The epitome of summer, sunflowers have inhabited numerous meanings throughout history. During Incan times, they were used to adorn the garments of priests as a symbol of worship. In early Native American cultures, they were a source of sustenance, a reminder of the approaching harvest. For neo-impressionist painter Vincent van Gogh, they conveyed gratitude. While it continues to be a source of beauty around the world today, this iconic flower is being celebrated on a large scale for the first time in British Columbia.
From the creators and organizers of the Tulips of the Valley, one of the largest tulip fairs in Western Canada (not to be confused with the Abbotsford Tulip Festival), comes the Chilliwack Sunflower Festival. Opening for the first time ever on August 22, 2018, the festival boasts over five acres of sunflowers—more than 300,000 of them, in fact. From cheery Suntastic Oranges to 12-foot-high Giant Mammoth Grey Stripes—noted for their edible seeds—the farm displays 17 varieties to observe, capture, and appreciate. “I’m hoping that people will enjoy just relaxing in the outdoors, in amongst nature and farmland,” says co-founder Kate Onos-Gilbert. A rising example of agritourism, the festival not only promises a fun-filled day for the whole family (dog owners should avoid the property’s growing hops, though, which are toxic to animals), it also offers a charming glimpse of life in the rural Fraser Valley.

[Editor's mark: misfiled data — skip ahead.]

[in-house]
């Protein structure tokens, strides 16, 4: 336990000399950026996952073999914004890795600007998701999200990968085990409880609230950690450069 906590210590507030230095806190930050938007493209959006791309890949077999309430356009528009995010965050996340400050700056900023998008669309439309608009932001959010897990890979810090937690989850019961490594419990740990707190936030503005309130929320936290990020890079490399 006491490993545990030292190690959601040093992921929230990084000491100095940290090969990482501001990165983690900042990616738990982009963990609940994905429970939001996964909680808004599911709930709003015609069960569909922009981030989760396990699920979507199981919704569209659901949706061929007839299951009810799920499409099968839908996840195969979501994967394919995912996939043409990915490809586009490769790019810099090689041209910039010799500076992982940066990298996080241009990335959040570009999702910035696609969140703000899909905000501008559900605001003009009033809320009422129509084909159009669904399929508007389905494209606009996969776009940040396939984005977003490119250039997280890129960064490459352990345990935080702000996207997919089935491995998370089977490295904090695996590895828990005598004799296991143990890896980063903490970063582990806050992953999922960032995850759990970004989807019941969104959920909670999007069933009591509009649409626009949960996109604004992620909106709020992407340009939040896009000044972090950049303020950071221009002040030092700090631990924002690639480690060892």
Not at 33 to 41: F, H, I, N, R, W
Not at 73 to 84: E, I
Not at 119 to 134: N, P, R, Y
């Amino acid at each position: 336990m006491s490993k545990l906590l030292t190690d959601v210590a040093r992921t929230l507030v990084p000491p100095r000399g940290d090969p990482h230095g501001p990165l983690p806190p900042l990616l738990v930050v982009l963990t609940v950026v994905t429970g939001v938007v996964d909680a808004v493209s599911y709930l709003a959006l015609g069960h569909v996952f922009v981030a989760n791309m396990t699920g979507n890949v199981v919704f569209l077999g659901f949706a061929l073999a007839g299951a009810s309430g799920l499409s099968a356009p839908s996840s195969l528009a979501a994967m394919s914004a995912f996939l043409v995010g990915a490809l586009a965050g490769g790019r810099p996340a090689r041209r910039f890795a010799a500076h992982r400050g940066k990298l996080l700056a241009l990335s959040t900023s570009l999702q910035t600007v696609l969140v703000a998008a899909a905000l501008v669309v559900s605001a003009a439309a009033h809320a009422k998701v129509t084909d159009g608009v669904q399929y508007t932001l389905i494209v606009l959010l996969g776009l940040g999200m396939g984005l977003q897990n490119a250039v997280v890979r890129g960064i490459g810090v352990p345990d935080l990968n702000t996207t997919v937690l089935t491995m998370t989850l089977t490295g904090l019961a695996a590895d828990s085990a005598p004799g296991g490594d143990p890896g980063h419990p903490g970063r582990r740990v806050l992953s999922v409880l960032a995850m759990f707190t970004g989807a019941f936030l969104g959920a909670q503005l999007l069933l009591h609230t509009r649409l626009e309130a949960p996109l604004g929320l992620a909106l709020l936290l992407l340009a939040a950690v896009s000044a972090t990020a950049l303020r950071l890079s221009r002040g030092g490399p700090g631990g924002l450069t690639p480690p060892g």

While an Ontario sunflower farm became unfortunately overrun with selfie-hungry visitors earlier this season, Onos-Gilbert is confident that the social media-savvy won’t be an issue here. “We’ve been doing this for 13 years,” she explains, referring to her first flower festival in Agassiz in 2006. “I know the mentality of people and I know what they want to see and what they want to enjoy.” With a deep slough protecting the farm, numerous pathways, and adequate parking that has yet to reach full capacity, there are plenty of opportunities to get the perfect photo without disturbing the blooms. And if a few flowers do suffer damage, there won’t be serious consequences for Onos-Gilbert and the farm; at the end of the festival, the sunflowers are destined to be mixed in with corn and used as cow feed.
Strolling through the fields of sunshine, there are few hidden surprises to be found. Dainty doors placed outside towering stalks reveal fairy houses—shady spots where visitors can sit down and immerse themselves in nature. As well, swing sets and an elevated platform offer an added perspective of the golden garden. For a bright reminder of the day, there’s even a U-pick field where sunflowers can be plucked and taken home in a bountiful bouquet.
As Onos-Gilbert’s daughter Maya runs barefoot through the fields, her blonde hair bouncing among the stalks, it’s obvious that these stems are more than just pretty plants—they have the power to spark real joy. And that is something we could all use a little more of.
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